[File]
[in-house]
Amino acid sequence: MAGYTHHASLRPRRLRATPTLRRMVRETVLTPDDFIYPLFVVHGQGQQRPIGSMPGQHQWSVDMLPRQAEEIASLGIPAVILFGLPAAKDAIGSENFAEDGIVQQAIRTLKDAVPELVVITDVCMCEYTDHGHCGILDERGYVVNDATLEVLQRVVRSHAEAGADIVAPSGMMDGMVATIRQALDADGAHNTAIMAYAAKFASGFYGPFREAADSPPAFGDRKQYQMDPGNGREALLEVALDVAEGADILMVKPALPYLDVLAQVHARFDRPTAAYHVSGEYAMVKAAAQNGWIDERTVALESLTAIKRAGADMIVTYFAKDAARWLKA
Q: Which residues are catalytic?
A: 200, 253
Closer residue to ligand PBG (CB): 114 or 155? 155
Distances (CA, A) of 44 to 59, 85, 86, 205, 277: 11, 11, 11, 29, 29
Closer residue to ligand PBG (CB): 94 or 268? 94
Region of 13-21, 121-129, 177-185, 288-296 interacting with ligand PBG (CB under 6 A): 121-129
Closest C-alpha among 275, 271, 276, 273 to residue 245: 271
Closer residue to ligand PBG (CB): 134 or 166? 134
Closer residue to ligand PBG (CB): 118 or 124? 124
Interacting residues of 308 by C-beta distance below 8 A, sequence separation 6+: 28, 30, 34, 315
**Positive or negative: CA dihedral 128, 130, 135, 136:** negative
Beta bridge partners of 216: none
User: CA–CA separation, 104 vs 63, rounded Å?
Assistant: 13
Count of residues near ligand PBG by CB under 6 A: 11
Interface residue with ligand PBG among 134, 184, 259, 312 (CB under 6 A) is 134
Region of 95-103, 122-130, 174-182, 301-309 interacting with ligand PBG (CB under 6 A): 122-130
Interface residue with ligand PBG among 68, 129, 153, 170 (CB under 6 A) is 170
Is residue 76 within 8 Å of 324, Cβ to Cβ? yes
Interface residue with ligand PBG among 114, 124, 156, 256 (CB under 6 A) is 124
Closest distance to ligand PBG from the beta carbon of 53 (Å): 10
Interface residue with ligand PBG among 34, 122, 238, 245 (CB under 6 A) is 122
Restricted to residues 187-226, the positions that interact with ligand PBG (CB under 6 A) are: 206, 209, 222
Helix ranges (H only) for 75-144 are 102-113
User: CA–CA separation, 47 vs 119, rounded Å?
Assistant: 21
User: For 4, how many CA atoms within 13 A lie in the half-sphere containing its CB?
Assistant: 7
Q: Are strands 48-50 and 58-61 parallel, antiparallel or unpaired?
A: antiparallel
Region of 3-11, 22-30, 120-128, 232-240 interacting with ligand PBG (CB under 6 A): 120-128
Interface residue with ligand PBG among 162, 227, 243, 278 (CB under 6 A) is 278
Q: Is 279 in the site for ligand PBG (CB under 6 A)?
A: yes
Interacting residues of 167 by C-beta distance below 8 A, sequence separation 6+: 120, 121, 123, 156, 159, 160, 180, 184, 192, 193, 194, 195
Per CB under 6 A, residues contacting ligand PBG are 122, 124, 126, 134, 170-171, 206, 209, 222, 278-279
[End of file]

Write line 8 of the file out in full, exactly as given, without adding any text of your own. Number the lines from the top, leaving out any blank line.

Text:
Region of 13-21, 121-129, 177-185, 288-296 interacting with ligand PBG (CB under 6 A): 121-129